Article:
Hi Walt,

    I’m old and out of shape too. We stock propane in 30 and 1 lb. tanks because larger tanks are prohibited where we are. There are two reasons we rejected the idea of 100 lb. tanks; first is OPSEC. Because tanks should not be laid on their side, a 100 lb. tank in the back of the truck would advertise to the sheeple that we may have food and heat, as we go to the propane dealer for a recharge. Our 30 lb. tanks can be ‘snuck’ to the dealer and OPSEC remains secure. The second reason is because I’m “too old and out of shape” to dance with a 100 lb. tank and I can still lift a 30 into the back of the truck.

    When the propane runs out, it’s sticks and a Volcano stove that can also burn charcoal.

    I’ve been lurking at Walmart for 2 years looking for a sale on charcoal and they never have them in our area.

    • Missy Taz says:

      Hunker-Down, I usually buy my charcoal at Costco during the summer. Do you have a Sam’s or Costco close by?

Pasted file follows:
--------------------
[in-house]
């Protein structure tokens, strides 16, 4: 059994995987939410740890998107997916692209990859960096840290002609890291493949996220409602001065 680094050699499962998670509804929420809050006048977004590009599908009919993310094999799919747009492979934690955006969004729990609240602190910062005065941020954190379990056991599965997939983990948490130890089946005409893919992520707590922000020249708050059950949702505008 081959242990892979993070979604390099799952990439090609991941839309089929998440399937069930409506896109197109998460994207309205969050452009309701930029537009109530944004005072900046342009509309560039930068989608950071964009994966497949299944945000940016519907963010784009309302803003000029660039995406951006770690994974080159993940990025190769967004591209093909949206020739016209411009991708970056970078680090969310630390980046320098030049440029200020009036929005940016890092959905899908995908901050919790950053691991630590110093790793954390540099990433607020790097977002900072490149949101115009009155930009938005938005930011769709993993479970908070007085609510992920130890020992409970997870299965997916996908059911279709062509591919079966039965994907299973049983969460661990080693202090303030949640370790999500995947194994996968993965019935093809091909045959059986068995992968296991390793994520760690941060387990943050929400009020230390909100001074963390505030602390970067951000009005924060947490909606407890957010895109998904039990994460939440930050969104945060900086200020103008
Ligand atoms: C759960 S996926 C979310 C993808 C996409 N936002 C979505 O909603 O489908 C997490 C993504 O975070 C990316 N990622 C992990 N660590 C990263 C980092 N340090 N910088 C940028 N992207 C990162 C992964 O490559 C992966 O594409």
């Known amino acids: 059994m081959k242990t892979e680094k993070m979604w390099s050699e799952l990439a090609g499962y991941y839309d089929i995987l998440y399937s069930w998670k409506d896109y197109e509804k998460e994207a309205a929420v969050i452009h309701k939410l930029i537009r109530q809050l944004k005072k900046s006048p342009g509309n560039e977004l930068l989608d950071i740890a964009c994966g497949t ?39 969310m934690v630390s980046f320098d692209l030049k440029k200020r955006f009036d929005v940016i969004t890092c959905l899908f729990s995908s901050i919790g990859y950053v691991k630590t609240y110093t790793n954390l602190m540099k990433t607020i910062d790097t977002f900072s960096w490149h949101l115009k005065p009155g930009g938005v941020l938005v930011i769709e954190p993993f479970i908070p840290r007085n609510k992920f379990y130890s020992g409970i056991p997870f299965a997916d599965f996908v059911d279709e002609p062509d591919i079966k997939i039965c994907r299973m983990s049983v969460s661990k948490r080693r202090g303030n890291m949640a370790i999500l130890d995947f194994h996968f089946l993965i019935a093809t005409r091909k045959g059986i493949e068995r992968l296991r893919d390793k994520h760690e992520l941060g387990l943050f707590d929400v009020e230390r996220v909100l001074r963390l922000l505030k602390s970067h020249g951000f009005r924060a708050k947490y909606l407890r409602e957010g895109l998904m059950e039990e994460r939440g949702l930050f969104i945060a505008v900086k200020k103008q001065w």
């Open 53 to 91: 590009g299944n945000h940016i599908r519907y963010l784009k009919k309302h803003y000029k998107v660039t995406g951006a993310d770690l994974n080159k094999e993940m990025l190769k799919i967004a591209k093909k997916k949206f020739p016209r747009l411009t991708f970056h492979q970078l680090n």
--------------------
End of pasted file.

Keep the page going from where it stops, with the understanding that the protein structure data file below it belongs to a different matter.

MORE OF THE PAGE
• Hunker-Down says:

        Missy Taz,

        We get to Sam’s about once every 6 weeks, it’s 90 miles away. I’ll start looking for charcoal at a good price there. We have a 50 gallon galvanized can about 1/3 full so far.

  5. If you live where there are trees then you live where there are tree trimmers. I buy 3 cu yds of chipped tree limbs (about two pickup loads) for $39 from a place where the tree trimmers take their limbs and trees to be disposed of. Almost any city, or power line company have millions of tons of wood to dispose of, find out where. . About two loads would last in a rocket stove forever. These chips are normally sold for mulch. Also, if there are any palette or cross-tie saw mills around they usually sell a pickup load of cutoffs for about 10-15 dollars.. another bargain. There is certainly nothing wrong with burning palettes but that is a waste of wood that can be used for a lot of things.. Anyone planning on burning propane, etc. to survive for very long is fooling themselves.

    • One of the sawmills I know also makes pellets for pellet stoves. They have more chips and sawdust than they can use for pellets so they sell the excess for mulch or to companies that have large commercial power generating boilers or who have steam boilers. They will sell a load of chips on a moving floor box van , which is 8x8x50 feet for $450 delivered and unloaded. That is enough wood chips to last for many years in a rocket stove heater or cookstove.